There are only 2,000 pandas left in life and they live on an area that is only one percent of their previous distribution. As if that were not enough, their main food, bamboo, could be completely extinct within 50 to 100 years if global warming continues.
The new study shows that efforts are now needed to save the giant panda. After thousands of years of hunting and destroying their habitats, only 2,000 individuals remain and are threatened by climate change.
Using the latest climate models, researchers have found that half of their current habitats may have disappeared by the year 2070, and their dull way of life makes it difficult for them to adapt to change. There are also great risks that the bamboo stock will completely die out within 50 to 100 years and since bamboo is 99 percent of the giant pandas diet, there is a high risk that the animals would starve.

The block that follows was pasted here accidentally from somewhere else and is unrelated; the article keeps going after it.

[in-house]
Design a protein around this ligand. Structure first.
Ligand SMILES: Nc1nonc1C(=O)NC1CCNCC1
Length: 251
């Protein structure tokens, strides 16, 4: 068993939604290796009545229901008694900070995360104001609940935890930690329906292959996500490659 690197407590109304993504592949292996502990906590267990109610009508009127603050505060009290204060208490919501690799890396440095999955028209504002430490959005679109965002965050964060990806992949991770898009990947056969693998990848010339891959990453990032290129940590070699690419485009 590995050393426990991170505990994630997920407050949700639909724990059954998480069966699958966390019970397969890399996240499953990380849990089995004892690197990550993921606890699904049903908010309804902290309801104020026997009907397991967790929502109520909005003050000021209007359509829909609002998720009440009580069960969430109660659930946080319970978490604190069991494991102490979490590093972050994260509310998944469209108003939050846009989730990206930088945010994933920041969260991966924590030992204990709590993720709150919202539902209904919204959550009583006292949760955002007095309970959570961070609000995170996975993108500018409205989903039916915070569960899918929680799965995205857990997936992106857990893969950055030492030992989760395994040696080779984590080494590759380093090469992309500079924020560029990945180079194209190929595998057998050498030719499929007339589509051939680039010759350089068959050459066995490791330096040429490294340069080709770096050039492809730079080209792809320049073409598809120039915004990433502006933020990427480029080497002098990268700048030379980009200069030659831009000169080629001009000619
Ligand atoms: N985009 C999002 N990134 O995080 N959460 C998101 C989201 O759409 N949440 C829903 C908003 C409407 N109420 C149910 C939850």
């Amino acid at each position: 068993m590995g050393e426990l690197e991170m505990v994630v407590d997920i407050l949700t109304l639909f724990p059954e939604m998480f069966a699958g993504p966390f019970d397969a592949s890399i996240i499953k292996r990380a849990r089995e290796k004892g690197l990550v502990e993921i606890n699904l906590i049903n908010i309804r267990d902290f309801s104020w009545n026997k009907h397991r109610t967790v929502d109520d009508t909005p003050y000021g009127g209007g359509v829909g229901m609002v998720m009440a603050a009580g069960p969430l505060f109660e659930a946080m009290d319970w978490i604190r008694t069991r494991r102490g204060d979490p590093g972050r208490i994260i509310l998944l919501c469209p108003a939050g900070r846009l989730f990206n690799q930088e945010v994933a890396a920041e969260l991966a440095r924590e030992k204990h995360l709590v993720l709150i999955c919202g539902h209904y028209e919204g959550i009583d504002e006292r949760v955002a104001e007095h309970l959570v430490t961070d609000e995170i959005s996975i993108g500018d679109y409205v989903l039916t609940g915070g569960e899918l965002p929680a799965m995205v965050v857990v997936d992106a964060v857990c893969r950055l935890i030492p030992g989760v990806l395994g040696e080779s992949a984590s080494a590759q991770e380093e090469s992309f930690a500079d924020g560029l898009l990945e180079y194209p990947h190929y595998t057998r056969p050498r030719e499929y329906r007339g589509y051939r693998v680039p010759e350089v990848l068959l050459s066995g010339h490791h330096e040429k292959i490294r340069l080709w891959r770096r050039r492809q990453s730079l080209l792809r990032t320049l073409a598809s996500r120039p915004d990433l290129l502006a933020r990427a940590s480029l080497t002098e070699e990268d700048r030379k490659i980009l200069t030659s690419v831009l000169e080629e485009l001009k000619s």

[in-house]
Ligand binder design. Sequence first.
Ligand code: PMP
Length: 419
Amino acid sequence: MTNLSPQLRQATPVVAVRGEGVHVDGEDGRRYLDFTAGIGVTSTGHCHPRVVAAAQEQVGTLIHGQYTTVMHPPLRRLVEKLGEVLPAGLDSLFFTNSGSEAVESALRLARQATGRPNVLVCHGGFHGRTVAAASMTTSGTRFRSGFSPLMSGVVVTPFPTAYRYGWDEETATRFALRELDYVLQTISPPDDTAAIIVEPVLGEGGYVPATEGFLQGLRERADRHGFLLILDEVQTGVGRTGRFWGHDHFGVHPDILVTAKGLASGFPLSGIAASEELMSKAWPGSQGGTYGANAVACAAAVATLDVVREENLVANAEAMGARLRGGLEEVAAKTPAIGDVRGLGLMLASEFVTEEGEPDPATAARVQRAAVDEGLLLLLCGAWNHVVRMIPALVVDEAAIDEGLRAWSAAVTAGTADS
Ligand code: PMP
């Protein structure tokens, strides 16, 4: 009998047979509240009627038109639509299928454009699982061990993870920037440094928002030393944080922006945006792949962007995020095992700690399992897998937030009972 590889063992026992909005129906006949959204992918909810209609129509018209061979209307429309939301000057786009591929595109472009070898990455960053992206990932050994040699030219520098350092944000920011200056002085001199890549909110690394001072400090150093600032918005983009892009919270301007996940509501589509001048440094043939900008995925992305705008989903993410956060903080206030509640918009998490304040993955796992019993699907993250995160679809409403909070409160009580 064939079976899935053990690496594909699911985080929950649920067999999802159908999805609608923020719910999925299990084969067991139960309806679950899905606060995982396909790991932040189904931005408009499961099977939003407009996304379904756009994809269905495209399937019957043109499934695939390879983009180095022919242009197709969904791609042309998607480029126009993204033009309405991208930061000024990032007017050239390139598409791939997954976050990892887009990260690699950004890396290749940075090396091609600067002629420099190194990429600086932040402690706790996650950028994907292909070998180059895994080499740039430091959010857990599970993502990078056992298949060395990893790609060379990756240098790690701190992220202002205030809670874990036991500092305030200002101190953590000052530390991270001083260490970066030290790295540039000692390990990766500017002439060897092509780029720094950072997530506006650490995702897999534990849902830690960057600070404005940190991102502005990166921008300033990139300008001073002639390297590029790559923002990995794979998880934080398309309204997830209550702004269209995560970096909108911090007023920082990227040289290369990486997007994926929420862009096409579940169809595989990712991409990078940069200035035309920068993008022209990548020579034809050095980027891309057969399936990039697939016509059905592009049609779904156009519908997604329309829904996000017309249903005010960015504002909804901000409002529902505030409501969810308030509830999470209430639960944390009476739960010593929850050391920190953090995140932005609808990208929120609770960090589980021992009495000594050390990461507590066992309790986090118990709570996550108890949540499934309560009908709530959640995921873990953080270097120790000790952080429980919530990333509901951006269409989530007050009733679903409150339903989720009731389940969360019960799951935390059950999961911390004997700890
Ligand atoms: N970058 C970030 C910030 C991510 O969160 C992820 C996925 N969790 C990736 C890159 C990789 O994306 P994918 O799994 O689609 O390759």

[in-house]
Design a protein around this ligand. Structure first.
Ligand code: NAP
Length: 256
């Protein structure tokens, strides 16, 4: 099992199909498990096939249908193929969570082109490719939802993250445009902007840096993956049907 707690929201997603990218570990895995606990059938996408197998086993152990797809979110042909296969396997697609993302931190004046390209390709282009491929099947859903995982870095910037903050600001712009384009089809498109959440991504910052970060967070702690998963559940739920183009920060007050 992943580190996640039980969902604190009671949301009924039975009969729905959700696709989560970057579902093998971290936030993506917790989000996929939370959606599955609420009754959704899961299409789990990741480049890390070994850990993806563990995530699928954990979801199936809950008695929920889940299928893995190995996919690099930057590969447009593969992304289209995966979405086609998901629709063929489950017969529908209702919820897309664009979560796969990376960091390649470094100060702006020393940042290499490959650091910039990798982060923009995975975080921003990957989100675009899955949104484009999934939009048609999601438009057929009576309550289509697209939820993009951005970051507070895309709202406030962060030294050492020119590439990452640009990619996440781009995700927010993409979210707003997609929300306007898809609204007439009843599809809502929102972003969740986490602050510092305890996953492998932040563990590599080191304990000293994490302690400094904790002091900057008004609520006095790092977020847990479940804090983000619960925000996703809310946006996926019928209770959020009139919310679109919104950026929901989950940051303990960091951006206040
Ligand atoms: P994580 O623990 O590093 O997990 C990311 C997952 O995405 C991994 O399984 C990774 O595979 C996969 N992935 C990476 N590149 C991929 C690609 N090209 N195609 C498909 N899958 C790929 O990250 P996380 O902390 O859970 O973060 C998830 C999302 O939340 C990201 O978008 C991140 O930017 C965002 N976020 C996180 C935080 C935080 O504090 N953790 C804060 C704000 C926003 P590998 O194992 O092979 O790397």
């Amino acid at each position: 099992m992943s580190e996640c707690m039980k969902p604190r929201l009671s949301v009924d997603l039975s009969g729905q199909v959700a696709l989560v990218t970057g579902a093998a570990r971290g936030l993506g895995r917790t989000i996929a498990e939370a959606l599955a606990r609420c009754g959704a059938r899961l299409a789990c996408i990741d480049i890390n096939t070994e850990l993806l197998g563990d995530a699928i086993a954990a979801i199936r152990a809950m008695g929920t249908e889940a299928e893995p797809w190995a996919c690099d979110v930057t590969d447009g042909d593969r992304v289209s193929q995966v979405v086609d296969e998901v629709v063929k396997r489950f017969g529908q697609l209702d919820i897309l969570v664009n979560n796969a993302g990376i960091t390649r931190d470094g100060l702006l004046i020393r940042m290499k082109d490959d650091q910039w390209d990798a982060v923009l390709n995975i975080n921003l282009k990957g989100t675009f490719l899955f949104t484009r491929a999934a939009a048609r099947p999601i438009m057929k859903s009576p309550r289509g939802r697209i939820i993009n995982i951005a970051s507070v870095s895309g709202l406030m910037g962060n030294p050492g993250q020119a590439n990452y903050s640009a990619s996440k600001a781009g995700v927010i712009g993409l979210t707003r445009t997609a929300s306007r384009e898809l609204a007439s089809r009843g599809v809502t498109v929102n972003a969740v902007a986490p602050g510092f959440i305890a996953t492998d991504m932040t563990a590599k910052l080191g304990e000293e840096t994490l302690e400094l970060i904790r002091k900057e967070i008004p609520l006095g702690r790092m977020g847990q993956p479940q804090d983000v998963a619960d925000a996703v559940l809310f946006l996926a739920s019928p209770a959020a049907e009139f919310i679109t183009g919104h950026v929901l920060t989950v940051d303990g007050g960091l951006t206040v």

Although climate change means that bamboo can grow in new areas, the giant pandas are bad at moving to new areas from their current wildlife reserves. They are bad at adapting to a changing world because they have to spend so much of their time just eating bamboo.
What needs to be done is to reduce greenhouse gas emissions, ensure that there are contiguous areas with bamboo forests, protect areas that with a higher average temperature will soon become suitable for bamboo cultivations and start growing bamboo in those areas. Otherwise, the giant panda is likely to die out.